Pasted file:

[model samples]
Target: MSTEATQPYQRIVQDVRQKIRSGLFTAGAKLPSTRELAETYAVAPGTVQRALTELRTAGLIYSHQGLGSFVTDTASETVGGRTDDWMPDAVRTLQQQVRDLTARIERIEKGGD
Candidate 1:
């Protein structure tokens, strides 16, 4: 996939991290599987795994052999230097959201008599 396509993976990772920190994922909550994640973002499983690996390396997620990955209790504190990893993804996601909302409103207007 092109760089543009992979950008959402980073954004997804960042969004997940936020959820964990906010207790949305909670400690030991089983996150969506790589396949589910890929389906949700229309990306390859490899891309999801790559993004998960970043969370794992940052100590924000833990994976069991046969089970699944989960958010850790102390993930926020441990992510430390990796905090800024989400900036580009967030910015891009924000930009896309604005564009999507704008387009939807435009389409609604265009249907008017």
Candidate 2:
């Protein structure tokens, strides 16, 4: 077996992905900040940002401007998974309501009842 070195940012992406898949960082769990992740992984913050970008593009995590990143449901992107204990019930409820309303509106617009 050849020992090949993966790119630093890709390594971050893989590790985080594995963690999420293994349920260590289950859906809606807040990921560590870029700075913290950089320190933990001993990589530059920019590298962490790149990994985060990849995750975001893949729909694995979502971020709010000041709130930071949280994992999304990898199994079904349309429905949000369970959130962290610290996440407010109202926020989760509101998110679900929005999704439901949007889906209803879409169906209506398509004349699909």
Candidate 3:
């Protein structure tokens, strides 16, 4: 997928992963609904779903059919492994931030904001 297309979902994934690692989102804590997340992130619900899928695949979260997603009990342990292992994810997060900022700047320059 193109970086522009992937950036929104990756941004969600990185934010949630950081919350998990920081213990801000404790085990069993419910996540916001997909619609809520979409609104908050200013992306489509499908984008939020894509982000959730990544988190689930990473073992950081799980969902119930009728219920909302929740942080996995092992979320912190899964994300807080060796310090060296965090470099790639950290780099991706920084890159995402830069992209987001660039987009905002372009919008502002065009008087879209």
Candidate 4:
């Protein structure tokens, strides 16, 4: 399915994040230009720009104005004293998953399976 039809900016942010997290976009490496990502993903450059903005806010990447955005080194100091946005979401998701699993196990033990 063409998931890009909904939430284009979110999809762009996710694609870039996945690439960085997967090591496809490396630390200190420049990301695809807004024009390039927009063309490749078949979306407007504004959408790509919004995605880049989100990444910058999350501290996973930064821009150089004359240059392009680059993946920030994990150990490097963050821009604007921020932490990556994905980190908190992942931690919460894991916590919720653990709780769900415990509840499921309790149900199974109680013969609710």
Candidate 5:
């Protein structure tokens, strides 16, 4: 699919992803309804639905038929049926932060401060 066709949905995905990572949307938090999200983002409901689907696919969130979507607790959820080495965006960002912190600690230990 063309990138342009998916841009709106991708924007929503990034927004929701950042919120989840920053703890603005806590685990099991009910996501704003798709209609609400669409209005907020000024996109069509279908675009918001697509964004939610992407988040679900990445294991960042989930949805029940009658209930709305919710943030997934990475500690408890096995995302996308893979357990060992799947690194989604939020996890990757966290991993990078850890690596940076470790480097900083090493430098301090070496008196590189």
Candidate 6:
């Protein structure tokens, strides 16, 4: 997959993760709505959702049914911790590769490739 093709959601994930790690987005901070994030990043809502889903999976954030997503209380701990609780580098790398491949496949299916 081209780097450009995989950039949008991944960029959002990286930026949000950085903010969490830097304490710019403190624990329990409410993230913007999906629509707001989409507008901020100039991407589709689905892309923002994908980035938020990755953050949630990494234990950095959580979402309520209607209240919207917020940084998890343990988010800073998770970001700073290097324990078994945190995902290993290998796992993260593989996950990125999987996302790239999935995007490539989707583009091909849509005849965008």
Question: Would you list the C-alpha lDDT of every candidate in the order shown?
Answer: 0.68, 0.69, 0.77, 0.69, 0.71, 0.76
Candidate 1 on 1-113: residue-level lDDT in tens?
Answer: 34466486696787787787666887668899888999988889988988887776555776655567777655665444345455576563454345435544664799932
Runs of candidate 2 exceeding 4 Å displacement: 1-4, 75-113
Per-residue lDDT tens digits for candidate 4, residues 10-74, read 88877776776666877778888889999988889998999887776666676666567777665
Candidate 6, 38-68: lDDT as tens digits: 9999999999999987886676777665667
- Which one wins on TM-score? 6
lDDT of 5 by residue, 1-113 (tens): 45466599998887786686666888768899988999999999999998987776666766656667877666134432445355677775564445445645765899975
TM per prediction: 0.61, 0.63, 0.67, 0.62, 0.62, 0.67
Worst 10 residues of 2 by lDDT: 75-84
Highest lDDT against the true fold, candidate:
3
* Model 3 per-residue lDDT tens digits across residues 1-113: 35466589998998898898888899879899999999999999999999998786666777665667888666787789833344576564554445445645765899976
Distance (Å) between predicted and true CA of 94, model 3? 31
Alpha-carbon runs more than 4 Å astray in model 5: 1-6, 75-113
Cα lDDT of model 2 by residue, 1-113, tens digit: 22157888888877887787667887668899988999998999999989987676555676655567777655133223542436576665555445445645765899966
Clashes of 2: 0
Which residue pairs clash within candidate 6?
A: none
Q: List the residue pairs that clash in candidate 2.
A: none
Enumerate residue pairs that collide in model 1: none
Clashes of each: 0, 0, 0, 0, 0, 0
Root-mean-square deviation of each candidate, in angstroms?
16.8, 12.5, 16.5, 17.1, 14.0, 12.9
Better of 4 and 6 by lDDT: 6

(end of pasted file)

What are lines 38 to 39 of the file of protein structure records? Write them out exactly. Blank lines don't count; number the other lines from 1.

Clashes of each: 0, 0, 0, 0, 0, 0
Root-mean-square deviation of each candidate, in angstroms?